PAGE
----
Writer. Actor. Composer. Businessman. Abolitionist. He was 18th-century Britain’s symbol of black possibility.
c. 1729–1780, b. on a slave ship en route from West Africa to South America
Worked in London
I am sorry to observe that the practice of your country (which as a resident I love) . . . has been uniformly wicked in the East and West-Indies—and even on the coast of Guinea. The grand object of English navigators—indeed of all Christian navigators—is money—money—money . . . In Africa . . . the Christians’ abominable traffic for slaves and the horrid cruelty and treachery of the petty Kings [are] encouraged by their Christian customers who carry them strong liquors to enflame their national madness—and powder—and bad fire-arms—to furnish them with the hellish means of killing and kidnapping.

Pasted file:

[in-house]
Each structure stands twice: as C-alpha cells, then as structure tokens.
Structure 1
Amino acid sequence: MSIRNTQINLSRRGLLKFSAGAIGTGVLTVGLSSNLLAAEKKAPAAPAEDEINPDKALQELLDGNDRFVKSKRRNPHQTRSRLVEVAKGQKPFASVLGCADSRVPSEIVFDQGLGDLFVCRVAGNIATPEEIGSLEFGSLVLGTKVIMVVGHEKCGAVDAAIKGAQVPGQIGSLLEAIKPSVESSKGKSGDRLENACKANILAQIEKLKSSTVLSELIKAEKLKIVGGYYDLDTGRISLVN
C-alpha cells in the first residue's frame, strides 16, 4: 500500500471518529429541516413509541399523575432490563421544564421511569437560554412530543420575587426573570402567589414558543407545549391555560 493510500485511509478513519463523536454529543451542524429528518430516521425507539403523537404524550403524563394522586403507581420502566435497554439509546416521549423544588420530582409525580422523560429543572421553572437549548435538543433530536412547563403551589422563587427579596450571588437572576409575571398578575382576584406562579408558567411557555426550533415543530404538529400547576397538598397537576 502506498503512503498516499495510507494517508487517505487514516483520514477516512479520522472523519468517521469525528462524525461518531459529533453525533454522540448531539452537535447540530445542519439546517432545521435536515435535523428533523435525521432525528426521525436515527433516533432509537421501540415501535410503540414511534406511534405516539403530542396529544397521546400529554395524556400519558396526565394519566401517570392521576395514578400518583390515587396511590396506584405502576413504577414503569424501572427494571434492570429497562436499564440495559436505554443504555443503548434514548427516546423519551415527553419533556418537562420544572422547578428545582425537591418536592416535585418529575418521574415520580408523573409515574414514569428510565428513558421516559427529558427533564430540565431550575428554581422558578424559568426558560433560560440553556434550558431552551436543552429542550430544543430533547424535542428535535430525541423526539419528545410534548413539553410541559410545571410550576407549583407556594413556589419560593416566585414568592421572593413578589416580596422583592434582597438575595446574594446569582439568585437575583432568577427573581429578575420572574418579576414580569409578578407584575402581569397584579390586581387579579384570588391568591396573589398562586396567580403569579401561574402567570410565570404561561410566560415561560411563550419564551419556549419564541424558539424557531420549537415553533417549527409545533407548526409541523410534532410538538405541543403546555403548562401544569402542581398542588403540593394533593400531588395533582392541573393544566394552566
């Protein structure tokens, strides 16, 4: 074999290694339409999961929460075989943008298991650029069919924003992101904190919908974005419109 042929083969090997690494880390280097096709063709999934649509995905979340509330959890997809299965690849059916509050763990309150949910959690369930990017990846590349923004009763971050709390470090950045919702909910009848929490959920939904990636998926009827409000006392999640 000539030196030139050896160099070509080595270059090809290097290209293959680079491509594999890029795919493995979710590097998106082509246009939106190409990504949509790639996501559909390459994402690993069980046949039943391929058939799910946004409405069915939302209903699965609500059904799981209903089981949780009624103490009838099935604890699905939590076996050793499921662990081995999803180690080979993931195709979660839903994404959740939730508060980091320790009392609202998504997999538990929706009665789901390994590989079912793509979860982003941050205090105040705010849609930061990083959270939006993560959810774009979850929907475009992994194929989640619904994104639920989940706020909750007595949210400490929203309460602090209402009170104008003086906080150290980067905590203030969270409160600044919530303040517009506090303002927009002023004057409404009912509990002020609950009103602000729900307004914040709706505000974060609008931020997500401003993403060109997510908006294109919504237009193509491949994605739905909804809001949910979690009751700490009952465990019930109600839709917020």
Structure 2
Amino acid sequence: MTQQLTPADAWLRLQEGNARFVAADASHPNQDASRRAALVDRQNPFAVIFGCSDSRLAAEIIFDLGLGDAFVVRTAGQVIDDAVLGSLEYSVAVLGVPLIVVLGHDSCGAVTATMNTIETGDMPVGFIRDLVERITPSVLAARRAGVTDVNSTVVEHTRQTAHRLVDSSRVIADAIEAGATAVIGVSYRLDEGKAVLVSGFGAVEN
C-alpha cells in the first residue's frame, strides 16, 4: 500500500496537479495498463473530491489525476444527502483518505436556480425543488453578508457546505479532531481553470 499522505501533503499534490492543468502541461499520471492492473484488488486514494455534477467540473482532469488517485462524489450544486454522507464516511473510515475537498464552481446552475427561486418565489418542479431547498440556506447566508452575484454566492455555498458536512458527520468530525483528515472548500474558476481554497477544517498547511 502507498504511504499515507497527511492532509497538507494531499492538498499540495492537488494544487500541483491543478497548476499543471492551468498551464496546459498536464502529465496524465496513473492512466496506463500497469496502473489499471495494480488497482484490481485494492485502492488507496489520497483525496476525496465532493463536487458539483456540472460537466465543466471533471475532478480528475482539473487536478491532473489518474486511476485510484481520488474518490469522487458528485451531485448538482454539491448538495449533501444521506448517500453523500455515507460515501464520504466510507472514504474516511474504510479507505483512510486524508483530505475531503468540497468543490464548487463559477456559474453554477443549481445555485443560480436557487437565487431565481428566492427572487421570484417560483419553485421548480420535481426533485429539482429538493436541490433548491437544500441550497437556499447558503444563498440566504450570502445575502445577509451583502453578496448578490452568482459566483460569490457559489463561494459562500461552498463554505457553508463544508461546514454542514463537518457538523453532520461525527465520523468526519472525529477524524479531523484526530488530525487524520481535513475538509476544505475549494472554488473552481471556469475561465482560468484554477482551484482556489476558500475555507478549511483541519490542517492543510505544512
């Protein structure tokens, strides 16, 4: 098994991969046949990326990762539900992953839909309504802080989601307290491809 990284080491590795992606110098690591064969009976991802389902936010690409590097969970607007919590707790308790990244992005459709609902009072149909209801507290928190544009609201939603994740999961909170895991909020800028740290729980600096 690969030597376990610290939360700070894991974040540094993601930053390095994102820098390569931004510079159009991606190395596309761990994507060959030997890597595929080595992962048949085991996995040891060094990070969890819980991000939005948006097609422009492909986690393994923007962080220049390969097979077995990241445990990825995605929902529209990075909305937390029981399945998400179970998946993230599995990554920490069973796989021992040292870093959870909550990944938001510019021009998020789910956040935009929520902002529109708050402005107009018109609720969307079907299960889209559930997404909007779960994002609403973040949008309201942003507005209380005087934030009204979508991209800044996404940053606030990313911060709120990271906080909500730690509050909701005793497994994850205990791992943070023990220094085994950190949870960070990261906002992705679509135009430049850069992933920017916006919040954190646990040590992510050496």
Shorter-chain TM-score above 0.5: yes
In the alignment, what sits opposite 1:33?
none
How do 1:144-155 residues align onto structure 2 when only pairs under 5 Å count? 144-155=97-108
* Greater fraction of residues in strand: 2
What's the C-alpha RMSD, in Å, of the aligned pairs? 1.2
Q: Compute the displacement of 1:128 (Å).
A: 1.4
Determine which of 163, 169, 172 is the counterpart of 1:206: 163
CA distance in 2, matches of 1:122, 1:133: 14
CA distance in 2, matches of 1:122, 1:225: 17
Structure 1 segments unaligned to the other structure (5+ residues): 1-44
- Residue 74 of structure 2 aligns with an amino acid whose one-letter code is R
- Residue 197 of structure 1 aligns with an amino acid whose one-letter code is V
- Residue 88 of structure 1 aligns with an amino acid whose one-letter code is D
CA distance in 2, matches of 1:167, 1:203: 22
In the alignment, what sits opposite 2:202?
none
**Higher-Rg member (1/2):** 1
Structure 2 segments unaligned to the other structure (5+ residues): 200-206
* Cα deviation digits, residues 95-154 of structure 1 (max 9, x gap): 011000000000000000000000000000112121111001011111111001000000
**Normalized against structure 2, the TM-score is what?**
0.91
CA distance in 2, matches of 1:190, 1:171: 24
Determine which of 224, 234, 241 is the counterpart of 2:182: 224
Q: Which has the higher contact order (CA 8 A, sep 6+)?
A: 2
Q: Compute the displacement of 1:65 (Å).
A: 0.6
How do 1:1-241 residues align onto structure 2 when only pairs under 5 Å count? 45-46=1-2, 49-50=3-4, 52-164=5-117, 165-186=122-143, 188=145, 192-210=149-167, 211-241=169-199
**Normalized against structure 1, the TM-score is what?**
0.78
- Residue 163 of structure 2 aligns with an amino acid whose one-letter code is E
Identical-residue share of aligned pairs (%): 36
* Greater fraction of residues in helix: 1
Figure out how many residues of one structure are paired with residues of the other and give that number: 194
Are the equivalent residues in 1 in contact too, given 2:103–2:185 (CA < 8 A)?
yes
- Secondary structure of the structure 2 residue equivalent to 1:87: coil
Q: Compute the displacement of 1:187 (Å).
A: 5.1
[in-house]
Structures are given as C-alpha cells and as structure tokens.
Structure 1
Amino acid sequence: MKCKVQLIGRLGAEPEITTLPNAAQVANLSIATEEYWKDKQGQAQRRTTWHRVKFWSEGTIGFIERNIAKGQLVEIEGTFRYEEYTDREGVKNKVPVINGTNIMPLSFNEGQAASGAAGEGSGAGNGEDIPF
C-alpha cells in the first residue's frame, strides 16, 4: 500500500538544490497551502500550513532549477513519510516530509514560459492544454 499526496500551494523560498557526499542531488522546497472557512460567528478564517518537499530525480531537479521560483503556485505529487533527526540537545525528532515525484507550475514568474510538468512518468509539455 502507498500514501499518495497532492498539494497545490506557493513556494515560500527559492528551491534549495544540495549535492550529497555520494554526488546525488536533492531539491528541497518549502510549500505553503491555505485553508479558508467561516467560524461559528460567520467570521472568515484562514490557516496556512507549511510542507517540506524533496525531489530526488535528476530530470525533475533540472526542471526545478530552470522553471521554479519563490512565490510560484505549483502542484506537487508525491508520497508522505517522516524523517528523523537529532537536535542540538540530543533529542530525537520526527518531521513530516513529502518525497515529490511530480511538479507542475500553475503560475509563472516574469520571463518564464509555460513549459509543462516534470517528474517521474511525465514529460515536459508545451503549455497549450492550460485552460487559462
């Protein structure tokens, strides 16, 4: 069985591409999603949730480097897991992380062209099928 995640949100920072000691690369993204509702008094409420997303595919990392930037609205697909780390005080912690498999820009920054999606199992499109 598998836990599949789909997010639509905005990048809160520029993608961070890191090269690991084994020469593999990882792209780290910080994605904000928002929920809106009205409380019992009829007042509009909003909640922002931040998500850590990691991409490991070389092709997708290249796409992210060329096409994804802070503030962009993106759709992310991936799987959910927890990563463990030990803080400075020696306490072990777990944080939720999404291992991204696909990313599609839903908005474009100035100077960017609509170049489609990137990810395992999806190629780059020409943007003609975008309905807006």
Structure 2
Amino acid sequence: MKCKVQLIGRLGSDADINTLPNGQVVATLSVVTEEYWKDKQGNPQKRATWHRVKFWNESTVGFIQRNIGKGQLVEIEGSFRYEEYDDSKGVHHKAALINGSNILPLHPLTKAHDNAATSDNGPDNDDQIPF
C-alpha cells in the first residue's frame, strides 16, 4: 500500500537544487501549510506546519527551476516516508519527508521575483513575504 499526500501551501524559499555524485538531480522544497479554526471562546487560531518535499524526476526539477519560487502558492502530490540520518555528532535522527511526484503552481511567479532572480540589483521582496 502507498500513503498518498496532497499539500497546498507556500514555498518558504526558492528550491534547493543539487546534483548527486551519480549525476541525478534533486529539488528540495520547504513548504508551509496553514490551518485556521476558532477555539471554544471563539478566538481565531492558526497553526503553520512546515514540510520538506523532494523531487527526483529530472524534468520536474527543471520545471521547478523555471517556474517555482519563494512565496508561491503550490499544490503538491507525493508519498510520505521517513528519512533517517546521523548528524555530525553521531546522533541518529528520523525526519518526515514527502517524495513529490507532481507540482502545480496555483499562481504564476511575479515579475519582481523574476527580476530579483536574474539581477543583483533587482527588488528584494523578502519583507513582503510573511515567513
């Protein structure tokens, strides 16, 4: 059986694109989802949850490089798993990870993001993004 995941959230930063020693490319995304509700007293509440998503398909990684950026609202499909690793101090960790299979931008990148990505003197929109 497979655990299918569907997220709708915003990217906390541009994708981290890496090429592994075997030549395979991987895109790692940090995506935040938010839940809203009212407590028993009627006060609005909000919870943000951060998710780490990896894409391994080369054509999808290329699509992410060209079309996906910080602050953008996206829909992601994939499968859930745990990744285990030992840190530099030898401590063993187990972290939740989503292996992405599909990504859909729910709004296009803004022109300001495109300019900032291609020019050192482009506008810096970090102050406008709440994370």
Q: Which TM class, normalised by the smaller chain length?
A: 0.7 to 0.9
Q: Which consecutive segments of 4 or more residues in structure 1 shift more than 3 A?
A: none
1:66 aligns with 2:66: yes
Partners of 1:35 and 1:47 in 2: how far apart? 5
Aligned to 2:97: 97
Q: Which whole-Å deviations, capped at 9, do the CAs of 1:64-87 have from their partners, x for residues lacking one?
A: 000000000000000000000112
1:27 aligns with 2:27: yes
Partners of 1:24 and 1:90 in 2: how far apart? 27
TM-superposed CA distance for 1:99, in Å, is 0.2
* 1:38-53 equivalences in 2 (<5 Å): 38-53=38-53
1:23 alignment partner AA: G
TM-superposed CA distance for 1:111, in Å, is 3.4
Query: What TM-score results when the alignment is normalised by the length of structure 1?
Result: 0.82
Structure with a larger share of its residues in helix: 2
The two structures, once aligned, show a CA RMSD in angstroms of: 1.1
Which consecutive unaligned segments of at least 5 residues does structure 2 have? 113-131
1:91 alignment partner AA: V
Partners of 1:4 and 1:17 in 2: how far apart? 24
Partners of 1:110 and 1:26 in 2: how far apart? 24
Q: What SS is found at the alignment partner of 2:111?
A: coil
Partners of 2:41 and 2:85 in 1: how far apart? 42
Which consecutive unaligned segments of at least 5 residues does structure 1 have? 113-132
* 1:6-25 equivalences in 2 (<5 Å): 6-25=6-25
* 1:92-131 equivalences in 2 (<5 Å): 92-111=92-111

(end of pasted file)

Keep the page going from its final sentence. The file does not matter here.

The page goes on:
—Ignatius Sancho, letter to Mr. Jack Wingrave, 1778
I am Sir an Affrican—with two ffs—if you please—& proud am I to be of a country that knows no politicians—nor lawyers—no—nor Thieves.
—Ignatius Sancho, letter, c. 1776–80
· Brought to England in childhood, Sancho learned to read; he devoured books.
· Sancho and his wife set up a shop in Westminster, giving him the right to vote in parliamentary elections. He was the first Black man to vote in Britain.
· His letters, published posthumously, were one of the earliest accounts of slavery in English. They became a rallying point in the growing abolitionist movement.